Interesting comment, considering there were two employees of the USAMRIID at Fort Detrick who tested positive for Anthrax in 2002 (Research, Education, and Advocacy for Change [REACH]). Not to mention that the Anthrax used in the mailing fiasco of September 18, 2001, when anonymous agents mailed Anthrax to a number of people including two U.S. Senators and ultimately killed five people, was eventually traced back to that same Fort Detrick BSL4 lab. Disappointing, considering that it claims to be the safest of all the BSL4 labs in existence because of its overt connections with the military (The Guardian, February 20, 2002).

The lab in Fort Detrick is not the only suspect operation in existence. The BU Medical Center (BUMC) has also had its fair share of mishaps. In January of 2005, the Boston Globe reported three separate incidents of BUMC researchers that had become infected with Tularemia, information that was kept secret from the public since 2004 – even after two of the three researchers were hospitalized with the illness. Tularemia is the most infectious pathogenic bacterium known on earth. The symptoms are similar to the flu, yet within two weeks of infection death may result (whyfiles.org). Similarly, the symptoms of Anthrax are akin to a common cold and the pre-exposure vaccine to this disease is available exclusively to military personnel, it has a nearly 100% mortality rate (fda.gov). The Plague, also known as “black death,” altered the demography of the entire medieval world. During the Cold War, the Soviet Union weaponized this bacterium and made it airborne; it now proves to be fatal within six days of infection. Lastly, but by no means the least, is Ebola. A protein on the surface of this bacterium destroys the lining of blood vessels, resulting in uncontrollable bleeding through most body parts (i.e.: gums, ears, nose, eyes, anus, and genitals). So now the question is, do we even trust BU to handle these diseases (never mind the fact that they will literally reside right next door to us)? Or maybe the question should be: do we trust the federal government with this type of research?

Another, albeit not necessarily dishonest, claim is that “the goal of these studies is to develop drugs, treatments and vaccines to combat these microorganisms so that they no longer pose a threat to public health” (bostonbiosafety.com). Yet, do they really pose a public health threat? The actual number of human animal infections per year of these Category A pathogens are far and few between, perhaps a handful per year, yet the federal budget to “research cures” for these diseases is $1.8 billion. Here is what poses a threat in the world that we live in: influenza kills 36,000 people per year (even though the CDC admits to having an average of 3.5 million doses of vaccine available at the end of every year [hhs.gov]), food-borne illness results in the deaths of 5,000 per year, and 88,000 people per year die from Tuberculosis – to name a few. So why was the federal budget only $150 million for the fiscal years 2004 and 2005, with the CDC asking for a mere $120 million in 2006 (hhs.gov)?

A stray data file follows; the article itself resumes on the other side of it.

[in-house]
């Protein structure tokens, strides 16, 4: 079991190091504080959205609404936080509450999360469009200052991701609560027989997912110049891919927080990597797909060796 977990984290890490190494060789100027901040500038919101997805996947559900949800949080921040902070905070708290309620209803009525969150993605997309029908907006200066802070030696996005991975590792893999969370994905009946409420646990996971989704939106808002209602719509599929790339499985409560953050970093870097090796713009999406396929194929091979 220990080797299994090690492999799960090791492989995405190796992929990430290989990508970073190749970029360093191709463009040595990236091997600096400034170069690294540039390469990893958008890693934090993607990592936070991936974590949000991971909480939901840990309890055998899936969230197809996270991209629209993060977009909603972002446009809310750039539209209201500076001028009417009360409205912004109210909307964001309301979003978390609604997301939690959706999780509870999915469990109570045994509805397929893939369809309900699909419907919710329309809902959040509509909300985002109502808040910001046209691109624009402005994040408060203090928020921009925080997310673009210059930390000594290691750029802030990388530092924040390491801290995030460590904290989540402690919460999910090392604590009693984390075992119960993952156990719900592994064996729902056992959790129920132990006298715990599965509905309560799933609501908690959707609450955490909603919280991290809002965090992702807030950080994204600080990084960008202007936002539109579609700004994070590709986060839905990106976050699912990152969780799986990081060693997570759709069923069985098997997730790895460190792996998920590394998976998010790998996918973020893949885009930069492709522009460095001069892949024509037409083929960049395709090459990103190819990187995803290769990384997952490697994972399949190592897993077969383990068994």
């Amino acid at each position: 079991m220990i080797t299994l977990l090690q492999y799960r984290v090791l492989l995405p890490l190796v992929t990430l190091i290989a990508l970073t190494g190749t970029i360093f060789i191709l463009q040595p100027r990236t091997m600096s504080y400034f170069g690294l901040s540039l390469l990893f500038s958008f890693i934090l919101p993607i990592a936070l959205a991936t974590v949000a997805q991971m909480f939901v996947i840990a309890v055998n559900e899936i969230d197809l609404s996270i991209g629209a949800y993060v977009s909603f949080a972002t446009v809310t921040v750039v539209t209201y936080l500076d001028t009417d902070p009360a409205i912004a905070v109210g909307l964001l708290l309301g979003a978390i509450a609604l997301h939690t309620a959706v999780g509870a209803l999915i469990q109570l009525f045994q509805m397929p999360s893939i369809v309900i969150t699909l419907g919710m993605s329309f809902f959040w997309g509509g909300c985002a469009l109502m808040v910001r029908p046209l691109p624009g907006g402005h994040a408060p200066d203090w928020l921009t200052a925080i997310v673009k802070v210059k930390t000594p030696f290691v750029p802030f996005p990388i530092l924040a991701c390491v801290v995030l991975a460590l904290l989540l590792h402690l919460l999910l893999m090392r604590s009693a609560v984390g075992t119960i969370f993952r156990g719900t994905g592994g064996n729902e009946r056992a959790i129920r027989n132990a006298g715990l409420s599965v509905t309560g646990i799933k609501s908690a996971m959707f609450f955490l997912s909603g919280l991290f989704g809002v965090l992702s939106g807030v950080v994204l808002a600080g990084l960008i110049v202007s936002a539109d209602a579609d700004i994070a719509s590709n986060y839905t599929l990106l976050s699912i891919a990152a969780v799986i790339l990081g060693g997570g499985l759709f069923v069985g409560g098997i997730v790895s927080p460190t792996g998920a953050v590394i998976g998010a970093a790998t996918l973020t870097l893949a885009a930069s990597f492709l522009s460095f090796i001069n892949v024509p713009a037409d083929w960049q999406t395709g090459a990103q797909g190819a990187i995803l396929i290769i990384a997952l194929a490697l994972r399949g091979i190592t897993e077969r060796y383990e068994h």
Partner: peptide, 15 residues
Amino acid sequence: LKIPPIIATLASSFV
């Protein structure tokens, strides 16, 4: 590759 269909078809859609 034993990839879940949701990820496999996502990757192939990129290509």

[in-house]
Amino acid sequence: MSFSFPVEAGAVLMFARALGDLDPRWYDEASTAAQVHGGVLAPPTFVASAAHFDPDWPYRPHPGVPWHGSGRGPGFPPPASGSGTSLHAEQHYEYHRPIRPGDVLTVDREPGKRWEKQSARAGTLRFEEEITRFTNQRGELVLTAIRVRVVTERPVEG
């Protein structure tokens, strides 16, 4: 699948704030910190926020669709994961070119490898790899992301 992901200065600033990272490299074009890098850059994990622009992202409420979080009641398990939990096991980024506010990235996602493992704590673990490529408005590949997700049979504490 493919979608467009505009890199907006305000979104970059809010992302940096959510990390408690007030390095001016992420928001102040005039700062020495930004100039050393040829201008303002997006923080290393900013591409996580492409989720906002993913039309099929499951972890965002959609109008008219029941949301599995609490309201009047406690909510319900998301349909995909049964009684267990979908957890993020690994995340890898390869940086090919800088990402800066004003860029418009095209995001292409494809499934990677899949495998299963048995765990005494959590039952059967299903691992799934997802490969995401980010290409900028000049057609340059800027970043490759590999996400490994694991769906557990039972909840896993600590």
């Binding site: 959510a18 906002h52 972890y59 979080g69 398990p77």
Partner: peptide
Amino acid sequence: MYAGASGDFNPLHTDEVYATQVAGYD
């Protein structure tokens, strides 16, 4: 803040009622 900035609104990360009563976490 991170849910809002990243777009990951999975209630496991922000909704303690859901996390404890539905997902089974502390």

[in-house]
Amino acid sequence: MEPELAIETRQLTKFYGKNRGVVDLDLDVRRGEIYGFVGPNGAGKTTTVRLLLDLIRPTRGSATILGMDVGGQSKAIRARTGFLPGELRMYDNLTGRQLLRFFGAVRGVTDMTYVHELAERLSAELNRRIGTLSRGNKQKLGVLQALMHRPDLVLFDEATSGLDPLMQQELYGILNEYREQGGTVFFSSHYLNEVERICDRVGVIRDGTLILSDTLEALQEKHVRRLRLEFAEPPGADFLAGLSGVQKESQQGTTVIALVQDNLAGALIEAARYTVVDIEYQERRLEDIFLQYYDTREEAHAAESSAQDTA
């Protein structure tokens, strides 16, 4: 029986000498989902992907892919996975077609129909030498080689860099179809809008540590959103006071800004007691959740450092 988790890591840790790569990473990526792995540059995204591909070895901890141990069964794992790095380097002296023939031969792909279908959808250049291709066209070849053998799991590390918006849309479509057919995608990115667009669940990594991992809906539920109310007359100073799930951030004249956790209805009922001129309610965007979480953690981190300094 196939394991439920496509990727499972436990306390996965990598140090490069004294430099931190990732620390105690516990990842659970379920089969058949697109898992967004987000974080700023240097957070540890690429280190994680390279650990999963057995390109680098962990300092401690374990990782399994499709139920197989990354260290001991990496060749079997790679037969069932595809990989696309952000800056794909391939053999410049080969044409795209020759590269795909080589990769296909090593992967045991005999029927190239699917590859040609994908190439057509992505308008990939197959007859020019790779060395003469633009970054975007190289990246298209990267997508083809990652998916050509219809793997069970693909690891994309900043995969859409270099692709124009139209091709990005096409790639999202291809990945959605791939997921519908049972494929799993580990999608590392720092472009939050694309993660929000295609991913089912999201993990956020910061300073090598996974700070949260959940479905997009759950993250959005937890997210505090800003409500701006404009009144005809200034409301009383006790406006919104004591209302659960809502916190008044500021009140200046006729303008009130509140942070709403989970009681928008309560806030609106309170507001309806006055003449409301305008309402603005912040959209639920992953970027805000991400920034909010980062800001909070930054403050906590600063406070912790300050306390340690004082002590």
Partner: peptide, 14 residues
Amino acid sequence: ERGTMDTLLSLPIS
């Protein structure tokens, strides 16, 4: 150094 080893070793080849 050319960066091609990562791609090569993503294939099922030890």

In 1932, the federal government funded the Tuskegee Syphilis Study, in which 200 black men were given Syphilis and then observed just to see the course of the illness. They were observed, and withheld the vaccine, during times of painful bodily manifestations, dementia, and, ultimately, death (cdc.gov). Between 1942 and 1944, thousands of U.S. servicemen were exposed to mustard gas – just to see what effect it had. In 1965, Agent Orange was used on prisoners in Holmesburg State Prison in Philadelphia. This is in addition to the 19 million gallons of Agent Orange that was used between 1961 and 1971 in Vietnam destroying crops and causing cancer, birth defects, and stillbirths. In 1990, 1,500 six-month year old black and Latino babies in Los Angeles were given an experimental measles vaccine that was never licensed to be used. The Center for Disease Control admits that this was all done for experimental purposes (abovetopsecret.com). And on November 15, 2005 the Department of Defense admitted to using White Phosphorous in Fallujah, an airborne chemical that, once it comes into contact with skin, keeps burning until it runs out of oxygen (news.bbc.co.uk). For a more in-depth timeline of research conducted on human animal subjects up to 2001 visit the Alliance for Human Research Protection at ahrp.org. These are only a few of the many documented travesties that our government has committed against our brothers and sisters. Will the “biochemical research” conducted in these newly founded BSL4 labs be any different, especially during the war on terrorism?

The dangers of biochemical research have not been lost on the world: in 1969, President Nixon carried out a nation-wide program to dispose of all biochemicals that had been researched or stockpiled. In 1972, nations around the world gathered to sign the Biological Weapons Convention to supplement the Geneva Protocol of 1925. The convention clearly states that:

Each state party to this Convention undertakes never in any circumstances to develop, produce, stockpile or otherwise acquire or retain: (1) Microbial or other biological agents, or toxins whatever their origin or method of production, of types and in quantities that have no justification for prophylactic, protective or other peaceful purposes; (2) Weapons, equipment or means of delivery designed to use such agents or toxins for hostile purposes or in armed conflict.